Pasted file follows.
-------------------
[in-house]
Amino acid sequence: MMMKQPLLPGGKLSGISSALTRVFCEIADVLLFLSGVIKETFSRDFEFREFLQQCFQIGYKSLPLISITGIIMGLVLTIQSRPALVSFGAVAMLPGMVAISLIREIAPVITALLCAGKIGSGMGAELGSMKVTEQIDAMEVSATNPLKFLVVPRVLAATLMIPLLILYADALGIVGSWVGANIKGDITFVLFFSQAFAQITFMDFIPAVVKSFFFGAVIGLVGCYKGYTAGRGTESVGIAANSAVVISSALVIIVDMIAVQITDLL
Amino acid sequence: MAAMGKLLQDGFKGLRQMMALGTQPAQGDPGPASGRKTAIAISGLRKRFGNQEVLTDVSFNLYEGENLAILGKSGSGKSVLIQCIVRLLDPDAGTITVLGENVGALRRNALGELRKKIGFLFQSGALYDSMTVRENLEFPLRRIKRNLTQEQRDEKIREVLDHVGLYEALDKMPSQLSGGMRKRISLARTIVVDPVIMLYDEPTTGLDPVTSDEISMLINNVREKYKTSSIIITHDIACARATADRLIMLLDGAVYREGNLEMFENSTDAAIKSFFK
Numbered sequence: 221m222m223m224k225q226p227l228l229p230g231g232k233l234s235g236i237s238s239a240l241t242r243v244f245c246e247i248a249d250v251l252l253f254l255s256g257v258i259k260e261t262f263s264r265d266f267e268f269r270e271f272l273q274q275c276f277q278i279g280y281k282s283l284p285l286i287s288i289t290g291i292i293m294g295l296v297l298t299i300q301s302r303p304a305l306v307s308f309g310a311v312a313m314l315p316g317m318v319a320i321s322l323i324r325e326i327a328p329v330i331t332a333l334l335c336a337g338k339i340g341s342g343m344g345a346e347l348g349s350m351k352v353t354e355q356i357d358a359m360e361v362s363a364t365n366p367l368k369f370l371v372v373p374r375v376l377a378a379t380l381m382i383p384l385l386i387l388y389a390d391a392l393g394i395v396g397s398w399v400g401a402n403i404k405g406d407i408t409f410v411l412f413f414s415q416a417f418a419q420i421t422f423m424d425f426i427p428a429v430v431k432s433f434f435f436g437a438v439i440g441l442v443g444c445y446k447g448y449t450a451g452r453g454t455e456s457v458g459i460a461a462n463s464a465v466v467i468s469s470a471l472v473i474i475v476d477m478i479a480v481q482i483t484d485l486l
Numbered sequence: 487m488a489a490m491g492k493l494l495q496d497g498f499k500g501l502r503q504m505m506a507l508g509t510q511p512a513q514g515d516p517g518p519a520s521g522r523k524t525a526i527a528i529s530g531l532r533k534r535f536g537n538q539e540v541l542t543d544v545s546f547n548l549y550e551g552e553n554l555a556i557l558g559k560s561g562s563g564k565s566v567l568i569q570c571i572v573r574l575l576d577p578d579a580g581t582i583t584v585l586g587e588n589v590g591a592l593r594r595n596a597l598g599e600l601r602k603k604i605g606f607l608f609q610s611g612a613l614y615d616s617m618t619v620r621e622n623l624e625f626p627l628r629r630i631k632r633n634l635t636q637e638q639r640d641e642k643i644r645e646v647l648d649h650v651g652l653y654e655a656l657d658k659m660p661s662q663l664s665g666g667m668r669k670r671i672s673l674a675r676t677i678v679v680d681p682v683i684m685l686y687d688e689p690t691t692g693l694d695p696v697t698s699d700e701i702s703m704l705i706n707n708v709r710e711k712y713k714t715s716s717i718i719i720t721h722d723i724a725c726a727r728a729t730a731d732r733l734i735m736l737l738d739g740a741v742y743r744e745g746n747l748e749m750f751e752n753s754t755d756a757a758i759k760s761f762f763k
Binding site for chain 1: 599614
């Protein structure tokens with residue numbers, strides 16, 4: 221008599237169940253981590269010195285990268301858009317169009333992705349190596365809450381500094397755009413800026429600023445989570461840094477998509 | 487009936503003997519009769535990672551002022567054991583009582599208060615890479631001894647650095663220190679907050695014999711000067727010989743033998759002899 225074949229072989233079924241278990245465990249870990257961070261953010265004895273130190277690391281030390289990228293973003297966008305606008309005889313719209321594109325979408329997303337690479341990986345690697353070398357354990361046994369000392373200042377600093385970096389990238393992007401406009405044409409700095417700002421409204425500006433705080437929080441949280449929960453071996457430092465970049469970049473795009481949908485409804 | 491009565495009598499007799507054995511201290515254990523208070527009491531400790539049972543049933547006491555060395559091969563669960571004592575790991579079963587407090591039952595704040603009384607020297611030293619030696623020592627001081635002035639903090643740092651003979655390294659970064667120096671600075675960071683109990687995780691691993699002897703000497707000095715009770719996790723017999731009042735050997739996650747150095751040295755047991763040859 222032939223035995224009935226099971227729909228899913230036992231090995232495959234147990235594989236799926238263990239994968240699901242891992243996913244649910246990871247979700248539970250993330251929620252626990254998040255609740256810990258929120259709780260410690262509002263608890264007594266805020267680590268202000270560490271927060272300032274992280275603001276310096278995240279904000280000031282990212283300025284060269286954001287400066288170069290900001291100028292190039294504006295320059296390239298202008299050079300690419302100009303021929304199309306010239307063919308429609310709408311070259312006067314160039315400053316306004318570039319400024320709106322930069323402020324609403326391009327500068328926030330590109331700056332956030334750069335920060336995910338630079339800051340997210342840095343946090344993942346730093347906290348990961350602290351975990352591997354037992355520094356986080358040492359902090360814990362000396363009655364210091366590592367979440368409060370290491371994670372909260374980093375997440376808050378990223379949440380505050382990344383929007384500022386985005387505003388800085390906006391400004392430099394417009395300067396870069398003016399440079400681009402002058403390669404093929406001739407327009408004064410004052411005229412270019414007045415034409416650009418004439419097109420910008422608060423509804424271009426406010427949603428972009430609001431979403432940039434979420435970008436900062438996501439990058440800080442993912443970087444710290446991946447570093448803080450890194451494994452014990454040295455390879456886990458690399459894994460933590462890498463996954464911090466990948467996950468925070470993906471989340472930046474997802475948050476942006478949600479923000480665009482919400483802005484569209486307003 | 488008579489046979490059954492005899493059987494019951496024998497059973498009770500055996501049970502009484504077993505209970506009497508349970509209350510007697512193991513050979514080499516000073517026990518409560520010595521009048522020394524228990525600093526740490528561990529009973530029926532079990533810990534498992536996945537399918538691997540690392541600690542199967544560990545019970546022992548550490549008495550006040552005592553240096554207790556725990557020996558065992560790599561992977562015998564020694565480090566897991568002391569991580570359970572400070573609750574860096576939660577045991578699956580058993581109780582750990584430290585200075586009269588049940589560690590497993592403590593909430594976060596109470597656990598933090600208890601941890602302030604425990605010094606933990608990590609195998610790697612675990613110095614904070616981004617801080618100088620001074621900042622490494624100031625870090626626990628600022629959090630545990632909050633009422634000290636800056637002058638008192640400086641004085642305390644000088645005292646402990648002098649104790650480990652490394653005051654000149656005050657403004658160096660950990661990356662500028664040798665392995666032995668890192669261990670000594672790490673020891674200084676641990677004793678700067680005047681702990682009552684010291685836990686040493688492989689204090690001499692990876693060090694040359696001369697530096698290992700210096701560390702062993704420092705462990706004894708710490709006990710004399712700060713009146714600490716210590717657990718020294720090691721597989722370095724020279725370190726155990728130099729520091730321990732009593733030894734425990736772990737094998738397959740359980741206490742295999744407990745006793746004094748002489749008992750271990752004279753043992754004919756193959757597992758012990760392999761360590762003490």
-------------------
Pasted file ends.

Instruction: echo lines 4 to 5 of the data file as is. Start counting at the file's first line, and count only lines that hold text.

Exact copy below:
Numbered sequence: 221m222m223m224k225q226p227l228l229p230g231g232k233l234s235g236i237s238s239a240l241t242r243v244f245c246e247i248a249d250v251l252l253f254l255s256g257v258i259k260e261t262f263s264r265d266f267e268f269r270e271f272l273q274q275c276f277q278i279g280y281k282s283l284p285l286i287s288i289t290g291i292i293m294g295l296v297l298t299i300q301s302r303p304a305l306v307s308f309g310a311v312a313m314l315p316g317m318v319a320i321s322l323i324r325e326i327a328p329v330i331t332a333l334l335c336a337g338k339i340g341s342g343m344g345a346e347l348g349s350m351k352v353t354e355q356i357d358a359m360e361v362s363a364t365n366p367l368k369f370l371v372v373p374r375v376l377a378a379t380l381m382i383p384l385l386i387l388y389a390d391a392l393g394i395v396g397s398w399v400g401a402n403i404k405g406d407i408t409f410v411l412f413f414s415q416a417f418a419q420i421t422f423m424d425f426i427p428a429v430v431k432s433f434f435f436g437a438v439i440g441l442v443g444c445y446k447g448y449t450a451g452r453g454t455e456s457v458g459i460a461a462n463s464a465v466v467i468s469s470a471l472v473i474i475v476d477m478i479a480v481q482i483t484d485l486l
Numbered sequence: 487m488a489a490m491g492k493l494l495q496d497g498f499k500g501l502r503q504m505m506a507l508g509t510q511p512a513q514g515d516p517g518p519a520s521g522r523k524t525a526i527a528i529s530g531l532r533k534r535f536g537n538q539e540v541l542t543d544v545s546f547n548l549y550e551g552e553n554l555a556i557l558g559k560s561g562s563g564k565s566v567l568i569q570c571i572v573r574l575l576d577p578d579a580g581t582i583t584v585l586g587e588n589v590g591a592l593r594r595n596a597l598g599e600l601r602k603k604i605g606f607l608f609q610s611g612a613l614y615d616s617m618t619v620r621e622n623l624e625f626p627l628r629r630i631k632r633n634l635t636q637e638q639r640d641e642k643i644r645e646v647l648d649h650v651g652l653y654e655a656l657d658k659m660p661s662q663l664s665g666g667m668r669k670r671i672s673l674a675r676t677i678v679v680d681p682v683i684m685l686y687d688e689p690t691t692g693l694d695p696v697t698s699d700e701i702s703m704l705i706n707n708v709r710e711k712y713k714t715s716s717i718i719i720t721h722d723i724a725c726a727r728a729t730a731d732r733l734i735m736l737l738d739g740a741v742y743r744e745g746n747l748e749m750f751e752n753s754t755d756a757a758i759k760s761f762f763k